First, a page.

Dealing with legacy systems during the time of COVID – 19 mania
COVID – 19 It’s a fact of life that new shiny things are more interesting that old, dull things. And yet it’s the boring stuff that keeps the world working. Once the problems have been ironed out and technology just works, it’s a lot less interesting for innovators to “play” with.
Over the decades thousands of the world’s most successful businesses have implemented massive systems to run much of their core processing requirement, and these systems continue to deliver day in and day out with very few issues. They are secure, and they require a relatively small team to operate. They are not cheap, but when compared to other choices have continually proven themselves to be the most cost-effective way of processing massive volumes of transactions.
These systems are today predominantly built by a single vendor, IBM, and consist of system Z and iSeries machines, also known as mainframes and AS400’s.
These platforms have become the workhorses of business, and code written for these platforms several decades ago is still being used in production today.
When companies have tried to replace these platforms with newer ones, the results are generally not what one would like to see. Airlines have tried, banks have tried, telecoms companies have tried, government departments have tried, and there is a whole army of ex-CIO’s and CTO’s who can look back at problems with these projects at the key reason they are now Ex-executive’s (is that an ecutive?).
The challenge is always the same;
- There is a massive base of code written in COBOL, that needs to be converted.
- Mainframes provide a very advanced method of managing security, which takes a long time to setup, and is very hard to replicate on non-mainframe systems.
- Mainframes use the most advanced method of swapping applications in and out of memory at such a high speed that it allows them to run at close to 100% utilization nearly all the time. Getting to anywhere near the same level of performance on non-mainframe architectures requires a massive number of discrete computers that are very hard to manage at anywhere near the same level of reliability.
When a business makes the strategic decision to migrate from mainframe (or mini) to a distributed platform, they are forced to become intimately familiar with the true cost of making the change. And it always costs far more and takes much longer than predicted, and the risks associated with the change are daunting.
Thousands of companies stick with their mainframes, which, while boring, work really efficiently and effectively.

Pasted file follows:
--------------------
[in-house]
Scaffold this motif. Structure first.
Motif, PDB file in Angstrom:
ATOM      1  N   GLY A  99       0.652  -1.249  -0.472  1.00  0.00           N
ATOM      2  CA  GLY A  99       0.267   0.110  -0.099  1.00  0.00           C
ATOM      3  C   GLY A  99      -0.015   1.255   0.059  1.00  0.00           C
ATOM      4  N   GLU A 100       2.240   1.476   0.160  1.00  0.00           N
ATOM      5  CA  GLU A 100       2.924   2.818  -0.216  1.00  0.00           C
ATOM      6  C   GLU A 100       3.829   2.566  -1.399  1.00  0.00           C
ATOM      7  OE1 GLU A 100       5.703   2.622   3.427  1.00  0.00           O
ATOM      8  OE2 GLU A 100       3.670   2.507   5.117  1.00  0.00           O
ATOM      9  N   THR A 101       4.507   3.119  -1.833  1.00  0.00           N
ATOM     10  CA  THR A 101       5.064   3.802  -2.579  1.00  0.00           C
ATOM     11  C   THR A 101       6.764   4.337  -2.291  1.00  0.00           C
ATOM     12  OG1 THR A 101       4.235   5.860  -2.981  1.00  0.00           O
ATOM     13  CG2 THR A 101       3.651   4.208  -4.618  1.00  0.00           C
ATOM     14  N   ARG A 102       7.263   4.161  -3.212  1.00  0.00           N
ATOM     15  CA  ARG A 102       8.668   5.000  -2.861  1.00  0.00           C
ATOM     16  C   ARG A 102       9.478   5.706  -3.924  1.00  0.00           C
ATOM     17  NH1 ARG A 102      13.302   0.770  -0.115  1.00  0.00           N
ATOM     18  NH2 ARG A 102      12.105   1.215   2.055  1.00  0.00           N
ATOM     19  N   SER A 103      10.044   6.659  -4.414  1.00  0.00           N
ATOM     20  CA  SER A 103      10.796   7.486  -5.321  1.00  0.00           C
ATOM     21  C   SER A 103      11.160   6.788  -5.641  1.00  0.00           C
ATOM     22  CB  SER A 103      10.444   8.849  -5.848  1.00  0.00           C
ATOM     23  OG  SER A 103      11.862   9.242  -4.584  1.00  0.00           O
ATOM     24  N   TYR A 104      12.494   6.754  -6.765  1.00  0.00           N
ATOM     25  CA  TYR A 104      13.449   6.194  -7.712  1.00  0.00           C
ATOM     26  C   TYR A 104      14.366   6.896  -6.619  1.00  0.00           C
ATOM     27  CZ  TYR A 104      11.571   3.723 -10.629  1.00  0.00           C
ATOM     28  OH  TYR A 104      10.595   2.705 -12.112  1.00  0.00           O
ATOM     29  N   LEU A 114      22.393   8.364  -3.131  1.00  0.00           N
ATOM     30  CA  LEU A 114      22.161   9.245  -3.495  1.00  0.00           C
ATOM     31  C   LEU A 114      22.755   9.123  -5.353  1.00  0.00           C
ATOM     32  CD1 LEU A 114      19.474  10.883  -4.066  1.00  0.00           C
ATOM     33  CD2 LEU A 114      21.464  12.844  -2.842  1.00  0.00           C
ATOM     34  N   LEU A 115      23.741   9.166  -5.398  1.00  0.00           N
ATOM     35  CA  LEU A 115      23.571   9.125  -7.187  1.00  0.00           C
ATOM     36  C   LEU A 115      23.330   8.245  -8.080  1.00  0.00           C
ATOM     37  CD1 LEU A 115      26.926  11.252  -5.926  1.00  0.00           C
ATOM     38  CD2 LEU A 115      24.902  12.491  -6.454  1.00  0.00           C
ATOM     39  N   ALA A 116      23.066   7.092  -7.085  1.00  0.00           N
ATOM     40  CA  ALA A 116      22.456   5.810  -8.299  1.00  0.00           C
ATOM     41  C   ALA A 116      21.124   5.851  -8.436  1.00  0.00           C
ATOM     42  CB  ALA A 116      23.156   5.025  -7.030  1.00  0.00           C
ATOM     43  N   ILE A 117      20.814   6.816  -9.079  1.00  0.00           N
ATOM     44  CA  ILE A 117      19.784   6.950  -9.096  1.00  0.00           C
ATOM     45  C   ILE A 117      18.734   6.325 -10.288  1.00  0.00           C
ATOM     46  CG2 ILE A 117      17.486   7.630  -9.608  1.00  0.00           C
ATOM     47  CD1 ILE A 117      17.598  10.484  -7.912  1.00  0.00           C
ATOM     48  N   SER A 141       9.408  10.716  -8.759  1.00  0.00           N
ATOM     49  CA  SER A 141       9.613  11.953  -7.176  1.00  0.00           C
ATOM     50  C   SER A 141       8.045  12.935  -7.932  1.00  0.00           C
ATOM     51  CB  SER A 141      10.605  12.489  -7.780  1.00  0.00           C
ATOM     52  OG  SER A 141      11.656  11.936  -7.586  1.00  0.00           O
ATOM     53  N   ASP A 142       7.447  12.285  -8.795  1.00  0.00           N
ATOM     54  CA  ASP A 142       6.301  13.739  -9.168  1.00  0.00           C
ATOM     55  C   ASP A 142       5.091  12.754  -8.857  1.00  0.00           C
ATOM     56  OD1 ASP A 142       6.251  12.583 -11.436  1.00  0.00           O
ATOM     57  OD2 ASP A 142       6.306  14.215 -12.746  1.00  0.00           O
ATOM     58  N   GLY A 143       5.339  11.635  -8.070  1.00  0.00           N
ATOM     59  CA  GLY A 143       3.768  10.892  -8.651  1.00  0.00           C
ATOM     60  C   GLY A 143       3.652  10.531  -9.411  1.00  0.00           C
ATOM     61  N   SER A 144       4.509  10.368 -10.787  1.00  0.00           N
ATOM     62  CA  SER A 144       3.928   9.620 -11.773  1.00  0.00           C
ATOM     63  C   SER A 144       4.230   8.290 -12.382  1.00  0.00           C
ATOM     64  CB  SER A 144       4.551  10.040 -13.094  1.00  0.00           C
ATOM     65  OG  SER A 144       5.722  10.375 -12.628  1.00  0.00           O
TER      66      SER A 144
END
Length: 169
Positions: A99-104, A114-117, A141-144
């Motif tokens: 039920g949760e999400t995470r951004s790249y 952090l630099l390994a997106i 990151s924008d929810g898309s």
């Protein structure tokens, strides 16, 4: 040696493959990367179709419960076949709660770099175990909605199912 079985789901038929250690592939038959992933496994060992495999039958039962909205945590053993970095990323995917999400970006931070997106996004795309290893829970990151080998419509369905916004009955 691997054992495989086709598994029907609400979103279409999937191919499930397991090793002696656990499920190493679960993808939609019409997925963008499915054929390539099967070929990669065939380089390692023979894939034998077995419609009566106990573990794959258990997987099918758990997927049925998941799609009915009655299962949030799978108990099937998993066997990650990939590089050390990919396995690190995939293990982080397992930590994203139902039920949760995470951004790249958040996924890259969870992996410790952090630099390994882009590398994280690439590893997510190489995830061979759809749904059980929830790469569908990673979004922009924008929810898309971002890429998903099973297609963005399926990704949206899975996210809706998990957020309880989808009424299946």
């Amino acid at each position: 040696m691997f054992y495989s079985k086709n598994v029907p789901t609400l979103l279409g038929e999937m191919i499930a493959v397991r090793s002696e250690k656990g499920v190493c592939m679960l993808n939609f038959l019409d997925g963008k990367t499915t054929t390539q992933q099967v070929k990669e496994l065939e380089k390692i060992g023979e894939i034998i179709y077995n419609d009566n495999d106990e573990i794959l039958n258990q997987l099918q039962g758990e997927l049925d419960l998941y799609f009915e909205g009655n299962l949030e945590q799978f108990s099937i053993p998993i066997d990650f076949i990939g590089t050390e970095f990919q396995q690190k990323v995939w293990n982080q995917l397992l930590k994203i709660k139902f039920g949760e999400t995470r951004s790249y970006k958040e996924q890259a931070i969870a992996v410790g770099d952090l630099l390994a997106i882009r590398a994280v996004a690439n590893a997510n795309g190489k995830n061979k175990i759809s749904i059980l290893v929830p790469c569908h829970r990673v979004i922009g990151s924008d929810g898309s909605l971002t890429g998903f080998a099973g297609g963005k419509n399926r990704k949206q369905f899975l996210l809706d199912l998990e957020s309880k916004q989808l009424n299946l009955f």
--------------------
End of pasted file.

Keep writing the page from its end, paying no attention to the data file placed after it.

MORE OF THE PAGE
But who wants to work on boring tech? We’ll very few millennials it turns out, as the average age of the mainframe workforce continues to grow. It takes very few experts to keep mainframes running.
But guess what, older people retire and so over time the size of the available pool of experts is shrinking.
Who is able to write new COBOL code? Well as it turns out, less people than are needed when a major pandemic creates a massive need for rapid changes across a large number of systems at the same time.
IBM have made it possible to run more modern code on mainframes, you can even run the linux operating system on mainframes (zLinux) and still maintain much of the security and scalability of the platform.
But then the challenge is how to you connect all these new applications with all those older legacy applications and also modern and legacy applications running on systems outside the mainframe, and for this this is IBM MQ.
But with so many different queues spread across many queue managers, can the tools needed to manage MQ keep up. The answer is often, no. And this is why you need Nastel Navigator.
Nastel Navigator allows all of your queues and queue managers to be managed from a single web-based console. The middleware administrator can even provide secure, private access to each developer to manage their own queues.
For many businesses Nastel Navigator has allowed them to significantly improve their ability to manage change. Allowing code changes and new applications to be used across all your environments with minimal fuss.
If your business is dealing with a massive volume of application change requests driven by the covid19 event, you need an immediate solution to improve your teams ability to manage these changes. Nastel Navigator can be a huge help, and since the express version is available free, you can start using it today and not worry about the complexity of getting a purchase order approved.
Nastel has created a feed with some new information on COVID-19! Click here.
You won’t regret it!
Nastel Technologies is the global leader in Integration Infrastructure Management (i2M). It helps companies achieve flawless delivery of digital services powered by integration infrastructure by delivering Middleware Management, Monitoring, Tracking, and Analytics to detect anomalies, accelerate decisions, and enable customers to constantly innovate, to answer business-centric questions, and provide actionable guidance for decision-makers. It is particularly focused on IBM MQ, Apache Kafka, Solace, TIBCO EMS, ACE/IIB and also supports RabbitMQ, ActiveMQ, Blockchain, IOT, DataPower, MFT and many more.
The Nastel i2M Platform provides:
- Secure self-service configuration management with auditing for governance & compliance
- Message management for Application Development, Test, & Support
- Real-time performance monitoring, alerting, and remediation
- Business transaction tracking and IT message tracing
- AIOps and APM
- Automation for CI/CD DevOps
- Analytics for root cause analysis & Management Information (MI)
- Integration with ITSM/SIEM solutions including ServiceNow, Splunk, & AppDynamics